What do you think?  What indoors photos can you make during these wintry months?  If you made such a photo, would you hang it in your house?  Where?

Macro and close-up photography are a lot of fun.  I hope you'll give it a try.


Sunday, December 31, 2017

A Venture Into Macro Photography

Recently, I've gotten more deeply into macro photography.  Over the years, I've dabbled in it from time to time, but lately I've been bitten by the bug, so to speak.  I acquired a Nikkor 200mm f/4.0 micro lens (Nikon's name for macro lenses), an excellent lens that lets you shoot a respectable distance from your subject.  Not long ago, I made a field trip to a nearby vacant lot where there are a lot of thistles growing.  I made this shot into the sun so it would be backlit.  I think it shows up the structure of the thistle quite well.  What do you think?

Nikon D810, Nikkor 200mm f/4.0 micro lens, 1/640 sec., f/11, ISO 2000.

Wednesday, March 15, 2017

My Most Recent Book, on Landscape Photography

My recently published book, Creative Composition for Landscape Photography, is available in both paperback and Kindle editions on

The cover of the paperback edition

  • This book, which includes 170 photographs, introduce a wide variety of techniques that can easily be applied to your own photography, including:
  • ·         The rule of thirds
  • ·         Centered subjects
  • ·         Positioning the horizon
  • ·         Showing depth in two dimensions
  • ·         Incorporating horizontal, curved and zigzag lines and circles
  • ·         Using triangles in compositions
  • ·         Showing perspective with receding lines
  • ·         Using framing and overlapping to show depth
  • ·         Using atmospheric layers to show distance
  • ·         Showing distance by using relative scale
  • ·         Focal length and focus point as compositional techniques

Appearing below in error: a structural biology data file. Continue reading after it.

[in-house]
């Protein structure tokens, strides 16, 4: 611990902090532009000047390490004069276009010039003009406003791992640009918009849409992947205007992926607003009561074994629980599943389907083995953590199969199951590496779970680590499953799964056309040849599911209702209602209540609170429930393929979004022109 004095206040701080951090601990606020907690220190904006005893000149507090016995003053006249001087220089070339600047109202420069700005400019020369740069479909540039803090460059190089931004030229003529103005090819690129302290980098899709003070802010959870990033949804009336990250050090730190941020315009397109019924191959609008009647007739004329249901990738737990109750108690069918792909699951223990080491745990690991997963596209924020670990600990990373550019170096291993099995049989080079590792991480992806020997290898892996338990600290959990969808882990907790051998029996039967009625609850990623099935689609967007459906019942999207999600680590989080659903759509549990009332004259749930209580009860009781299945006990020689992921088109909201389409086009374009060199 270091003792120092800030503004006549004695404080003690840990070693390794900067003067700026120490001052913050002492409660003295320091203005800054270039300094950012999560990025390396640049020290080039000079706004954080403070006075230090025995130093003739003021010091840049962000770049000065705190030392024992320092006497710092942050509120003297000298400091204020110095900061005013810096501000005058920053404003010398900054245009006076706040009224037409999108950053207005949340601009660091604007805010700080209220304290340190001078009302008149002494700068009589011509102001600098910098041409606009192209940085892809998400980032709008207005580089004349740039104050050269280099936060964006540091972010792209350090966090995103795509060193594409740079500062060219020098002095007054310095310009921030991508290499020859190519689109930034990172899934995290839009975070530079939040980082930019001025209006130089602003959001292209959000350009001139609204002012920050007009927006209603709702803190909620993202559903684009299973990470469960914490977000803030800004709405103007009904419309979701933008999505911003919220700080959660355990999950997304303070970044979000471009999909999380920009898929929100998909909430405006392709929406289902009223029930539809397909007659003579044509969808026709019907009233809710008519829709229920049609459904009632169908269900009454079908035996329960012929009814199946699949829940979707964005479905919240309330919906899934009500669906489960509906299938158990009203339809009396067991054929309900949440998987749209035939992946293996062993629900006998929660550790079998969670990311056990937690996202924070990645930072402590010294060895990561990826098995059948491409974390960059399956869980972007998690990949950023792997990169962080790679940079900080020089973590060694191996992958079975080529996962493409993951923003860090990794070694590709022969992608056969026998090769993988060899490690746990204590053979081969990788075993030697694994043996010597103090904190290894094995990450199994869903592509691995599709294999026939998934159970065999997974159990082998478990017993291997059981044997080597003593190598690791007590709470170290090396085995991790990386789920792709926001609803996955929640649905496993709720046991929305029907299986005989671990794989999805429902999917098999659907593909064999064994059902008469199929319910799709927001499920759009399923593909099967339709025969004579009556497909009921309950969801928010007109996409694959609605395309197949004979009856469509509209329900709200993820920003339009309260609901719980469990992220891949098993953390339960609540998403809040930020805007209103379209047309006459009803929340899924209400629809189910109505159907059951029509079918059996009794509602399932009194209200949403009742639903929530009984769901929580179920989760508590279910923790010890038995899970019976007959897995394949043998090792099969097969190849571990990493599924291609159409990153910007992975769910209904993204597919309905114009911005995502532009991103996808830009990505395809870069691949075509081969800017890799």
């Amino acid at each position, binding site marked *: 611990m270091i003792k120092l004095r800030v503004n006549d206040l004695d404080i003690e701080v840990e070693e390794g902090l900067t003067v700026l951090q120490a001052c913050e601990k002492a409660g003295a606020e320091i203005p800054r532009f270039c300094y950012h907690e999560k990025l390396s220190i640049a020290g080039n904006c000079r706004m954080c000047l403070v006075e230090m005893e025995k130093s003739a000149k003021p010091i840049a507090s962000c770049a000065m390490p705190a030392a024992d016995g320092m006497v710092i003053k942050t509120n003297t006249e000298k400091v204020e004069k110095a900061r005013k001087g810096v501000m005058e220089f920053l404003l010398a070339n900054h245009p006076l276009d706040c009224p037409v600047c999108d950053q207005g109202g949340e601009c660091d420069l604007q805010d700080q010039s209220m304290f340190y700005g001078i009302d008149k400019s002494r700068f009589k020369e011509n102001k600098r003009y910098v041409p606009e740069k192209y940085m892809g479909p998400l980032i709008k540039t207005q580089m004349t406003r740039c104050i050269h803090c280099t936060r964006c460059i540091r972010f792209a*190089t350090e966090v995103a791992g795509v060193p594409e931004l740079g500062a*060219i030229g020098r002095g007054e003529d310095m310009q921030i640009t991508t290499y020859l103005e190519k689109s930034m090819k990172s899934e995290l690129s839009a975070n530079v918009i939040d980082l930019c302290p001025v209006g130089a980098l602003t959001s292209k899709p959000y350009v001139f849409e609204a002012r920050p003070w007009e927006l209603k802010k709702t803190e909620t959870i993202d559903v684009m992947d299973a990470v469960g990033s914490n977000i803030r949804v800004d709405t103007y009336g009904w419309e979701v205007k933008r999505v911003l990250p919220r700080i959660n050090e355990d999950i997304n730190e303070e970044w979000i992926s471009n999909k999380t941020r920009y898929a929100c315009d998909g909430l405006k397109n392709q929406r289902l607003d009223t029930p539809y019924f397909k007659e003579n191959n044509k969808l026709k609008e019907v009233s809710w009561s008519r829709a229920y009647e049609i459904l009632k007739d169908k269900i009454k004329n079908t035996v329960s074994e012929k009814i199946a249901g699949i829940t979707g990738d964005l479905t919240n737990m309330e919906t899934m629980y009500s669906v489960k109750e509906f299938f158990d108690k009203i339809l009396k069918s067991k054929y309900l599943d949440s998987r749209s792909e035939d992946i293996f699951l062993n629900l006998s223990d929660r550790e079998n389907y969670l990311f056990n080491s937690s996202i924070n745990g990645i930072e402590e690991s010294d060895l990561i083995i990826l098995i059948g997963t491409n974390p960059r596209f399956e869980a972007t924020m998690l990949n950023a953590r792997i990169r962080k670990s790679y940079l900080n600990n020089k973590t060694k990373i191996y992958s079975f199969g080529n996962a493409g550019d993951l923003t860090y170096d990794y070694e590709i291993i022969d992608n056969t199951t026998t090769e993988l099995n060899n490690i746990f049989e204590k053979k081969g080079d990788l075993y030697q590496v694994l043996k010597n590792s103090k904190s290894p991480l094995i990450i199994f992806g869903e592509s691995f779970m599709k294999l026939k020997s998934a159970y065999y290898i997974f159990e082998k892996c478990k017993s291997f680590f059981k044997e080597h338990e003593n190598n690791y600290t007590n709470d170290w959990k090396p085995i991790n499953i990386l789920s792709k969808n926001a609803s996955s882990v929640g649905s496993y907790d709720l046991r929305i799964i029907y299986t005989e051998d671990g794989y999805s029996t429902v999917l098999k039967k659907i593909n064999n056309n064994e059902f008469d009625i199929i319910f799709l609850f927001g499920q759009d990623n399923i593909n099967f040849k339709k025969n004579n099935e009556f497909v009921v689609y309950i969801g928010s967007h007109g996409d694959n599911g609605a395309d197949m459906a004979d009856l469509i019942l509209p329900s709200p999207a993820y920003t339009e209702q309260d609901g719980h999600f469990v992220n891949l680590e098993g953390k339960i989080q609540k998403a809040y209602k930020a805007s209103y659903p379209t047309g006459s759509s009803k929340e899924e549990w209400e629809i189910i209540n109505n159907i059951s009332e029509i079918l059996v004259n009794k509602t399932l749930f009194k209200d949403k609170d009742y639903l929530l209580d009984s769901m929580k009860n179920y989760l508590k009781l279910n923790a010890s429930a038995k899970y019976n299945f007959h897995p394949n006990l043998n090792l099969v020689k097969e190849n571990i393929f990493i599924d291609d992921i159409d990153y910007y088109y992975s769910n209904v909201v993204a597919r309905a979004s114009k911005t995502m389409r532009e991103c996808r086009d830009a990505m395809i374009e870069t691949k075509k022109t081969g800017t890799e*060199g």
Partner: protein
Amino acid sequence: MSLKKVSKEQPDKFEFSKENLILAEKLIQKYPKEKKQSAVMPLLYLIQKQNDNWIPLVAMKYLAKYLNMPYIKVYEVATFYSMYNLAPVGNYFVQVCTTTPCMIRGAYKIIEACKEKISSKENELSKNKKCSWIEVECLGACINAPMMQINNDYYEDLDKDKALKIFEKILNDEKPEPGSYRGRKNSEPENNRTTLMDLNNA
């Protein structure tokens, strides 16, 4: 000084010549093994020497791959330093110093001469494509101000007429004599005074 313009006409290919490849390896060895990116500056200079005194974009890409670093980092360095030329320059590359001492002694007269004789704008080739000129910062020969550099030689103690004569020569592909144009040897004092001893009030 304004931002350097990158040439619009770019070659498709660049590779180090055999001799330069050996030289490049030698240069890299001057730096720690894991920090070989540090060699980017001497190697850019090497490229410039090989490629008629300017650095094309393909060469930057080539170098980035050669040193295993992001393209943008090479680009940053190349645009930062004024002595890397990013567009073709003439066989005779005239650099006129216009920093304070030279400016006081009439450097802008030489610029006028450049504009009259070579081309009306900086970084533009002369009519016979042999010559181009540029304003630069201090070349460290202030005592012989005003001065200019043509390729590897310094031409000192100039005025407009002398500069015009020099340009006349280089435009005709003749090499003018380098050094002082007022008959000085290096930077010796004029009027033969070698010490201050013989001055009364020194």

• ·         Using lighting and texture in compositions
  • ·         Color priority and color contrast
  • ·         Single dominant elements in compositions
  • ·         Incorporating balance and weight
  • ·         Symmetry and asymmetry in compositions
  • ·         The rule of odds
  • ·         Using repeating elements
  • ·         Simplicity as a compositional technique
  • ·         Using themes as organizing principles
  • ·         Having creative fun in composition
  • ·         Combining multiple compositional elements

Written especially for beginning and intermediate landscape photographers, it includes 170 color and B&W photos along with instructional captions to illustrate the concepts presented.

Sunday, February 26, 2017

Using the Lensbaby Edge 80

Part of the Lensbaby Composer Pro II kit is an 80 mm lens called the Edge 80.  It's called that because instead of having a round "sweet spot" in the center, this optic makes a creative "slice" that can be moved around the image.  When the Edge 80 is pointed straight forward, it acts as a very good 80 mm lens.  But when it's tilted to one side, the image shows a sharply focused slice surrounded by an area of blur.  How much blur there is depends on the degree to which the lens is tilted and the choice of aperture.  Where the slice is located is determined by the direction in which the lens is tilted.

The image below was made with the Edge 80.  The exposure was about 1/1000 second, ISO 100, f2.8, or wide open with this lens optic so I had maximum blur.  I positioned the slice so it ran along the lower fence and roadway, which emphasized the curvature of the fence and the S-curve of the road, while throwing the less important treeline in the background out-of-focus.  The darkening sky was also rendered fuzzy, which I think adds to the brooding quality of this image.  If I'd had this image at the time my book was being written, I'd have included it as one of the composition examples.